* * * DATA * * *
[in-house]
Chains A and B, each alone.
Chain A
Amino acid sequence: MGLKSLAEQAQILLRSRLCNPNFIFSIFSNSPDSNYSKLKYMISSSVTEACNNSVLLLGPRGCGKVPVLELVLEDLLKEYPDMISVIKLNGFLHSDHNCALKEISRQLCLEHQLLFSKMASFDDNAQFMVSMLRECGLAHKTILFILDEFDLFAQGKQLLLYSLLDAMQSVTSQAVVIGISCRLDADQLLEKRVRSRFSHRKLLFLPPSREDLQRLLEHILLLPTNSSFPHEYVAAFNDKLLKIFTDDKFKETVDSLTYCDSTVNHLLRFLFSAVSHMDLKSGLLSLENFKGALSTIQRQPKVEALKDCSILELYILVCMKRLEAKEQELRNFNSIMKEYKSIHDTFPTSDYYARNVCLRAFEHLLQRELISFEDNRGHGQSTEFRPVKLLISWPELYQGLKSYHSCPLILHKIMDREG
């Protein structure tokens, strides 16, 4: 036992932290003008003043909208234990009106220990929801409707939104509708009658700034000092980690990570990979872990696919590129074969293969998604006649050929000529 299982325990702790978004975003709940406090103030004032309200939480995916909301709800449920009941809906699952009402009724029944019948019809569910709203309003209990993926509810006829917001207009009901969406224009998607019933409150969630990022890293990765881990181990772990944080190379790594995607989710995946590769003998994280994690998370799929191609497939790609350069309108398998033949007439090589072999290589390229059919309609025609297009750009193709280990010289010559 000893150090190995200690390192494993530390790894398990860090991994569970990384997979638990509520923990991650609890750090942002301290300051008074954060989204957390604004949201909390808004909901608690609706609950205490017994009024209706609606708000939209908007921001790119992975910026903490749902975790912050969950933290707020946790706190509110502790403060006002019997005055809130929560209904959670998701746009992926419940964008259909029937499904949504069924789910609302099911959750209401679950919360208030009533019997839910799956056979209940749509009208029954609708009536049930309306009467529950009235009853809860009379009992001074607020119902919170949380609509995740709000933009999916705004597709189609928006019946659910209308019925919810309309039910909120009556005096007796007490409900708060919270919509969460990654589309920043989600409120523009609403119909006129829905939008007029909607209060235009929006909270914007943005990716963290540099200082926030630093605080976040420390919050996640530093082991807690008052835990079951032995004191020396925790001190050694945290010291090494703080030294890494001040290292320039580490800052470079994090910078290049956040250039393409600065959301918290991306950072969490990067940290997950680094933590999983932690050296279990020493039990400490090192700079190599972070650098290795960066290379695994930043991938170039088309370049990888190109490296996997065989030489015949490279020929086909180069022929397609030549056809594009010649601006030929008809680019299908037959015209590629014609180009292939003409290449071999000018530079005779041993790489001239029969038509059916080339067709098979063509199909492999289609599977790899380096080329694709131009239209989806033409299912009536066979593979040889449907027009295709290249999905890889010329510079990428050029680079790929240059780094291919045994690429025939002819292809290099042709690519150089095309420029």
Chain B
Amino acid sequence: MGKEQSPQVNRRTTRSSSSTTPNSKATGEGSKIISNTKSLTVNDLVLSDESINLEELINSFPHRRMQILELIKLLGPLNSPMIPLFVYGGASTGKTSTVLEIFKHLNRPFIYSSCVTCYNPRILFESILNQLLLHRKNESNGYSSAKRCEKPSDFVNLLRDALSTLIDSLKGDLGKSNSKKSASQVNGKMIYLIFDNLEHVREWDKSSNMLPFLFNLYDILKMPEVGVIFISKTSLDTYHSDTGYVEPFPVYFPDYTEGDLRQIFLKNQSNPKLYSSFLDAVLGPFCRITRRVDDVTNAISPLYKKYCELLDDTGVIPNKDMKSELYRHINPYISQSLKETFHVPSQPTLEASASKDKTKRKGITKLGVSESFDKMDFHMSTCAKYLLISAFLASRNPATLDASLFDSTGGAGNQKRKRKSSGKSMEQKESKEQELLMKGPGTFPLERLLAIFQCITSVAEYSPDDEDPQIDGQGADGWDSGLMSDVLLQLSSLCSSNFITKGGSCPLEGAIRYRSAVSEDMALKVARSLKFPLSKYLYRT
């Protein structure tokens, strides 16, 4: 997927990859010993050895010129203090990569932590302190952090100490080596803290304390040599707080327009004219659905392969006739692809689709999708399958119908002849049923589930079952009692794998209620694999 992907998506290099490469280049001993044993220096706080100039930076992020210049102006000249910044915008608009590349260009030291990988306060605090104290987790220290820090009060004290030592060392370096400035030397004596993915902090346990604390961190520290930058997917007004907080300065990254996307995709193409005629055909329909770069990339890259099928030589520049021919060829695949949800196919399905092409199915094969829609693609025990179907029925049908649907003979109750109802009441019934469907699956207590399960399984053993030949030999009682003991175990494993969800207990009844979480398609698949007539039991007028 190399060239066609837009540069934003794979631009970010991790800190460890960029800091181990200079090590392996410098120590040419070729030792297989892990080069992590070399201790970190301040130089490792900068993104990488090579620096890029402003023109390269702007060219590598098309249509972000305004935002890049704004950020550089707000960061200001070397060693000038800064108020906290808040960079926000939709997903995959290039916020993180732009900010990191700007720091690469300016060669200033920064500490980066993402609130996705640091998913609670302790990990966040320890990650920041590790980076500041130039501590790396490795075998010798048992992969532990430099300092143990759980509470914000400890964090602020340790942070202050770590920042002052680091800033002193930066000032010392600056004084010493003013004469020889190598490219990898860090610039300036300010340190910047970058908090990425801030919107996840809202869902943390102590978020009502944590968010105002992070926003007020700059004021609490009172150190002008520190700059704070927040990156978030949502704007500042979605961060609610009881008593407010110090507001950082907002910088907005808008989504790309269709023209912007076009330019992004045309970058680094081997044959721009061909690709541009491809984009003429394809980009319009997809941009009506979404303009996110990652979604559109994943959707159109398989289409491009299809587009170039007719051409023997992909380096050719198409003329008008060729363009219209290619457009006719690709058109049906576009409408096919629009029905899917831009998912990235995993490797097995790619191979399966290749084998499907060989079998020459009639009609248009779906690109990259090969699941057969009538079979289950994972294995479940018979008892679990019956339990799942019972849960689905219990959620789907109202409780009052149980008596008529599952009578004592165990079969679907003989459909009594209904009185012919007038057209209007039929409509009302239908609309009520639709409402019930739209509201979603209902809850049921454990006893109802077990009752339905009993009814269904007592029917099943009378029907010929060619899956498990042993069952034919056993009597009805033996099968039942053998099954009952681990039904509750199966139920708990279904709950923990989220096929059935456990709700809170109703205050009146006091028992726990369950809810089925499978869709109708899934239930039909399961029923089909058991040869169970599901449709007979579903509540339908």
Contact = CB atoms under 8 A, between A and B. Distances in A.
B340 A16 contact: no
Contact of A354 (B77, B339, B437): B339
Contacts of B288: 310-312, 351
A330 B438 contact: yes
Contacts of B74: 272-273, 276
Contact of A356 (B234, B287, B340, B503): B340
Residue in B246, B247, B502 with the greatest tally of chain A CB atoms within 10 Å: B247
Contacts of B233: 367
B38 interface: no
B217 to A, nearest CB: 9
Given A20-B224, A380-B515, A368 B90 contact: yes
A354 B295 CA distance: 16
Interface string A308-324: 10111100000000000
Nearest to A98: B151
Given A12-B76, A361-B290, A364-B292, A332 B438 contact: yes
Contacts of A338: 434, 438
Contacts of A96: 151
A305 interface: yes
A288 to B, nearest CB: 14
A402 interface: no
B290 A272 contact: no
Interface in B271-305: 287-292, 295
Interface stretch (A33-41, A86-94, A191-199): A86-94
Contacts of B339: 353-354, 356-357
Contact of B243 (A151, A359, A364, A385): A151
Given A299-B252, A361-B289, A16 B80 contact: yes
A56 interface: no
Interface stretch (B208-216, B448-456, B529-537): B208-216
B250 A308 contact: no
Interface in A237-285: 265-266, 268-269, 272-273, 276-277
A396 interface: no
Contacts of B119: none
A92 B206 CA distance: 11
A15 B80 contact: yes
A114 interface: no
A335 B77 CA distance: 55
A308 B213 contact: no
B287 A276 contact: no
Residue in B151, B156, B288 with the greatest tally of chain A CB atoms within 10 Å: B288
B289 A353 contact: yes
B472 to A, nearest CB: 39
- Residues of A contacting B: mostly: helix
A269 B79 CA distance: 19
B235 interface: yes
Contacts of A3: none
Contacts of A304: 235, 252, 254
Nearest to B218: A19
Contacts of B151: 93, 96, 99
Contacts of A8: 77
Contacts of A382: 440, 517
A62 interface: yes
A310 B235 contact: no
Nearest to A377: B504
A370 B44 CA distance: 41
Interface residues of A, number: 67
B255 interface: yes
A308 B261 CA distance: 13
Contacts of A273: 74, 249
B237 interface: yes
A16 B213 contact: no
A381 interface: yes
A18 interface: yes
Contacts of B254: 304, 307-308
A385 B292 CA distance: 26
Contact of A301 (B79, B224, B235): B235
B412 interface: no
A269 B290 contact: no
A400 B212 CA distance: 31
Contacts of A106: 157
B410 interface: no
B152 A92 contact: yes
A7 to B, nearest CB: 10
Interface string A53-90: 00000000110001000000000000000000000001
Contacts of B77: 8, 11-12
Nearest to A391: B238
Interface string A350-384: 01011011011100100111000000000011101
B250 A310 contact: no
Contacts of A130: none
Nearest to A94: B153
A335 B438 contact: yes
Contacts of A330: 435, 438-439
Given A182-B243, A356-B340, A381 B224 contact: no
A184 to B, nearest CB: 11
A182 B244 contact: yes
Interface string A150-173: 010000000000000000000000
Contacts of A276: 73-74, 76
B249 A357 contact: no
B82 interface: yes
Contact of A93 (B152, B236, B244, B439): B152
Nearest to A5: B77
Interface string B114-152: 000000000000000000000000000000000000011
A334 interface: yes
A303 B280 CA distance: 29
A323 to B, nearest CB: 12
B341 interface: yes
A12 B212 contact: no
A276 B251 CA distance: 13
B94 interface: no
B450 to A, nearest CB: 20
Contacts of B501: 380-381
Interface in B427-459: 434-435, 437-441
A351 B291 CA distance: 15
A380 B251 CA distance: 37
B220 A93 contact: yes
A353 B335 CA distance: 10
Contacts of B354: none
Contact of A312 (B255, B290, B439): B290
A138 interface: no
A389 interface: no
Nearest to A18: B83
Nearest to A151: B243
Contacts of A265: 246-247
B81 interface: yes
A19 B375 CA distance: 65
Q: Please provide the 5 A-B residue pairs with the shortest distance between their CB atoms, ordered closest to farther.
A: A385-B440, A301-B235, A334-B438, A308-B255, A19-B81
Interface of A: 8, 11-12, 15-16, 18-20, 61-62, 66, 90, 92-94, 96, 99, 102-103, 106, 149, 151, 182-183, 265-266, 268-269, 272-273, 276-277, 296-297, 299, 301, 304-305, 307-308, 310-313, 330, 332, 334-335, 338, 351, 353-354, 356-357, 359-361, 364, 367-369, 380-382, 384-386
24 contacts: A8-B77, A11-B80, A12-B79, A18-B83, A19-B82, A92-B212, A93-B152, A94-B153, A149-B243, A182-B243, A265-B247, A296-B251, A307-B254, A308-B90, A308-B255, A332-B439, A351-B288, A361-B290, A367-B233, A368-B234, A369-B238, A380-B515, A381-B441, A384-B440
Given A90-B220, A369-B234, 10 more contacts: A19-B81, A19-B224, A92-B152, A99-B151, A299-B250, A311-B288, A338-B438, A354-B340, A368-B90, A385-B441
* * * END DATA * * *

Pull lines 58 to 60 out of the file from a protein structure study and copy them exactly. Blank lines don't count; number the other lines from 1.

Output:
Contacts of A8: 77
Contacts of A382: 440, 517
A62 interface: yes